SHORT NOTE ON JUDGEMENT DATED 15 NOVEMBER, 2019 OF THE HON’BLE SUPREME COURT OF INDIA IN THE MATTER OF COMMITTEE OF CREDITORS OF ESSAR STEEL INDIA LIMITED THROUGH AUTHORISED SIGNATORY VS. SATISH KUMAR GUPTA & ORS. (C.A. NO. 8766-67 OF 2019) & OTHER PETITIONS
Held: The Supreme Court allowed the appeal filed by Committee of Creditors of Essar Steel Indian and had set aside the Order of the National Company Law Appellate Tribunal, the Hon’ble Supreme Court made several important findings and rulings as under:
|1.||Secured and unsecured creditors; the equality principle||a. The Supreme Court while considering the treatment of unsecured, secured, financial and operational creditors relied on UNCITRAL Legislative Guide, BLRC Report 2015, American Jurisprudence, 2d, Volume 9, IMF paper on Development of Standards for Security Interest by Pascale De Boeck and Thomas Laryea, Counsel, IMF Legal Department, World Bank Report of 2015 titled Principles for Effective Insolvency and Creditor/Debtor Regimes and Philip R. Wood’s book titled “Principles of International Insolvency”.
b. The UNCITRAL Legislative Guide ensures and propounds equitable treatment of creditors with similar legal rights and should not be treated identically.
c. It is necessary to classify the claims which shall not detriment any class of creditors. And the treatment of creditors needs to ensure that the plan shall be made for appropriate protection for treatment.
d. The judgment relying on The American jurisprudence which reflects that the treatment through principles of design, distribution and reorganization to connect all creditors.
e. Indeed, if an equality for all approach recognizing the rights of different classes of creditors, in many cases, be incentivized to vote for liquidation rather than resolution, as they would defeat the purpose of the code will be defeated.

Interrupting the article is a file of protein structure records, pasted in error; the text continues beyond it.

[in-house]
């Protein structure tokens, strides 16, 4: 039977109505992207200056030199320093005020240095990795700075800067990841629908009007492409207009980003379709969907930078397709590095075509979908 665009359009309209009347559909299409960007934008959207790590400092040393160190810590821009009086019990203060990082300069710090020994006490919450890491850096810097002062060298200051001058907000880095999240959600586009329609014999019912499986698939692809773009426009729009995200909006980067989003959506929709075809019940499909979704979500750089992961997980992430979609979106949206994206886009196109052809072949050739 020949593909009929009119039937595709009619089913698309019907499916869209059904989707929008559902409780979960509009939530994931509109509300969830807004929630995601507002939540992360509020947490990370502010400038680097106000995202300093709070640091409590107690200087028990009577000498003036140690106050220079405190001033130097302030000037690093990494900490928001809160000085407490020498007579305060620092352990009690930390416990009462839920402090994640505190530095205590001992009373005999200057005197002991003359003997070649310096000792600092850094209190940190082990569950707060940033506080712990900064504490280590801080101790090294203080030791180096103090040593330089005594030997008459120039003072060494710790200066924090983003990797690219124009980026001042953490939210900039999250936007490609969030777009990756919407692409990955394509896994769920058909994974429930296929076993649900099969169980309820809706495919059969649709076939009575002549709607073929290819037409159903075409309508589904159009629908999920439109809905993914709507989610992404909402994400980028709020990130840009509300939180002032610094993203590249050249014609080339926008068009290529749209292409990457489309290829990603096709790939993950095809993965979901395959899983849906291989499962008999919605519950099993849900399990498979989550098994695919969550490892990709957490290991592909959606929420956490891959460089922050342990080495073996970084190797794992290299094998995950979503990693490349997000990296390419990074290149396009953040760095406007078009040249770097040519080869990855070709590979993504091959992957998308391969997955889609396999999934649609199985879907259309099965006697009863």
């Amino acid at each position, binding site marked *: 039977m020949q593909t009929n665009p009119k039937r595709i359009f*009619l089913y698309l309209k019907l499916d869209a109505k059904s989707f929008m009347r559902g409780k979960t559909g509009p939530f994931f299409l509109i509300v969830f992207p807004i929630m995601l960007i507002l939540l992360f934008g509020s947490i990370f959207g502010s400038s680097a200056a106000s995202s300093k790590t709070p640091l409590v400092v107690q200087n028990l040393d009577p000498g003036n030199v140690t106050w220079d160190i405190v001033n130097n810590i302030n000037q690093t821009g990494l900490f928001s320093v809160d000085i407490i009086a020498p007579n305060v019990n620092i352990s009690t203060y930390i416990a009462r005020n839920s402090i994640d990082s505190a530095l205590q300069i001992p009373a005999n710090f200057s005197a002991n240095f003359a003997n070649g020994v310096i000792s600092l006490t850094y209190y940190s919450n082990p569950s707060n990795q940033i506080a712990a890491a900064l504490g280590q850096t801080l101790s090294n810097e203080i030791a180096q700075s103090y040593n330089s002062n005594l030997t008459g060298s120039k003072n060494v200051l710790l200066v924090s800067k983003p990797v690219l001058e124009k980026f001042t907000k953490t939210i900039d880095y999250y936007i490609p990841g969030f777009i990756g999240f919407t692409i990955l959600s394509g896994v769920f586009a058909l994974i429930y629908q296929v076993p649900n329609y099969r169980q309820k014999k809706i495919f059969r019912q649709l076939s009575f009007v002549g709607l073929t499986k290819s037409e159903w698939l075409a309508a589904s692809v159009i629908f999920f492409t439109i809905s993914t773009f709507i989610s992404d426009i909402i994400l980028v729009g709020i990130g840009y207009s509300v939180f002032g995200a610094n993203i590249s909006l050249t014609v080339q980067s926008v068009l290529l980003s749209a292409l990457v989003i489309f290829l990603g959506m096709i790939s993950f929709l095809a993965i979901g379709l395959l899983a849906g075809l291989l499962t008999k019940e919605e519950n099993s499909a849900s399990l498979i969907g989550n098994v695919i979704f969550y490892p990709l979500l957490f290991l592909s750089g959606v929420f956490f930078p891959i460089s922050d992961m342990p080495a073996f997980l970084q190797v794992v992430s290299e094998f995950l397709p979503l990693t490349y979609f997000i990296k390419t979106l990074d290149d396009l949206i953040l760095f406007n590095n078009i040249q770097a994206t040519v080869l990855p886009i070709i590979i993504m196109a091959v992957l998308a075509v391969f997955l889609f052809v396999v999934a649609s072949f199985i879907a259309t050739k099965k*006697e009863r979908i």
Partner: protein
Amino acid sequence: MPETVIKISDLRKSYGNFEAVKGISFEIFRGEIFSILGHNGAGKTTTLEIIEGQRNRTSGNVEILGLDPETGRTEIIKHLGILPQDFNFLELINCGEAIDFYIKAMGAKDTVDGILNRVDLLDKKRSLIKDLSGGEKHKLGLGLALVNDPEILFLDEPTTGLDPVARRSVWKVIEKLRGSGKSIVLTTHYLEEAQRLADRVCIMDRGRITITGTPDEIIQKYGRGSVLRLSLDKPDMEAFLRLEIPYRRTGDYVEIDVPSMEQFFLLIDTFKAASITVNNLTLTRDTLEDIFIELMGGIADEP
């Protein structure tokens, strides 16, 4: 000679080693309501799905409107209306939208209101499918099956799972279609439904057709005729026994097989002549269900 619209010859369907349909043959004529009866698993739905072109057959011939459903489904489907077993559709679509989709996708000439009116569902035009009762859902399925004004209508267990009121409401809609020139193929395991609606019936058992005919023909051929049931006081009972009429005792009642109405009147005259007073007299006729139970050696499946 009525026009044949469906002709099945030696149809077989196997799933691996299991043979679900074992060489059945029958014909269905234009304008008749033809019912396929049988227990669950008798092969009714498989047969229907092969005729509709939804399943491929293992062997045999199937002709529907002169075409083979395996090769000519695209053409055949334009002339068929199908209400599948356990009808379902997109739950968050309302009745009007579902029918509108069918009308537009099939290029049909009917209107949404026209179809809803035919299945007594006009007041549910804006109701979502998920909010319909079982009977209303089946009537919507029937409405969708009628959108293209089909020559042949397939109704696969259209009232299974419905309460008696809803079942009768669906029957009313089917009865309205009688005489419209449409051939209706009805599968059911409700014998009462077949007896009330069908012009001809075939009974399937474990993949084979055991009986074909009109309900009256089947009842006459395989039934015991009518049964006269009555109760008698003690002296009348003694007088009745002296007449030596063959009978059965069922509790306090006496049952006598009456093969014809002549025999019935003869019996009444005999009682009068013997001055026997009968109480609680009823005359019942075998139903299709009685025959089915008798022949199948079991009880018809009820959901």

f. It is clear that the financial creditors steps further more than operational creditors. Generally, the financial creditors participate in every activity of the company. It is to be noted that the operational creditors have no such stipulations as financial creditors.
g. As per the amended regulation 38 states mandatory contents in which the resolution plan shall be source of funds to be paid. Moreover, the content denotes the priority of creditors, the view of approval of resolution plan by CoC which roughly treats the financial creditors and operational creditors as either they are amended or modified.
h. Together with all observations, this judgment lead to the conclusion the equality principle cannot be stretched. Therefore, the equitable treatment is to be accorded to each creditor depending upon the class to which it belongs: secured or unsecured, financial or operational.
“So long as the provisions of the Code and the Regulations have been met, it is the commercial wisdom of the requisite majority of the Committee of Creditors which is to negotiate and accept a resolution plan, which may involve differential payment to different classes of creditors, together with negotiating with a prospective resolution applicant for better or different terms which may also involve differences in distribution of amounts between different classes of creditors”.
|2.||Extinguishment of Personal Guarantees and Undecided Claims||a. The part of the resolution plan which states that the claims of the guarantor on account of subrogation shall be extinguished, cannot be applied to the guarantees furnished by the erstwhile directors of the corporate debtor.|
|3.||Utilisation of profits of the corporate debtor during CIRP to pay off creditors.||a. The RFRP issued in terms of Section 25 of the Code and consented to by ArcelorMittal and the CoC had provided that distribution of profits made during the corporate insolvency process will not go towards payment of debts of any creditors.|
|4.||Constitutional Validity of Section 4 and 6 of the Amending Act, 2019||a. Time taken in legal proceedings cannot ever be put against the parties before the NCLT and NCLAT based on Latin maxim which sub-serves the cause of justice namely, actus curiae neminem gravabit.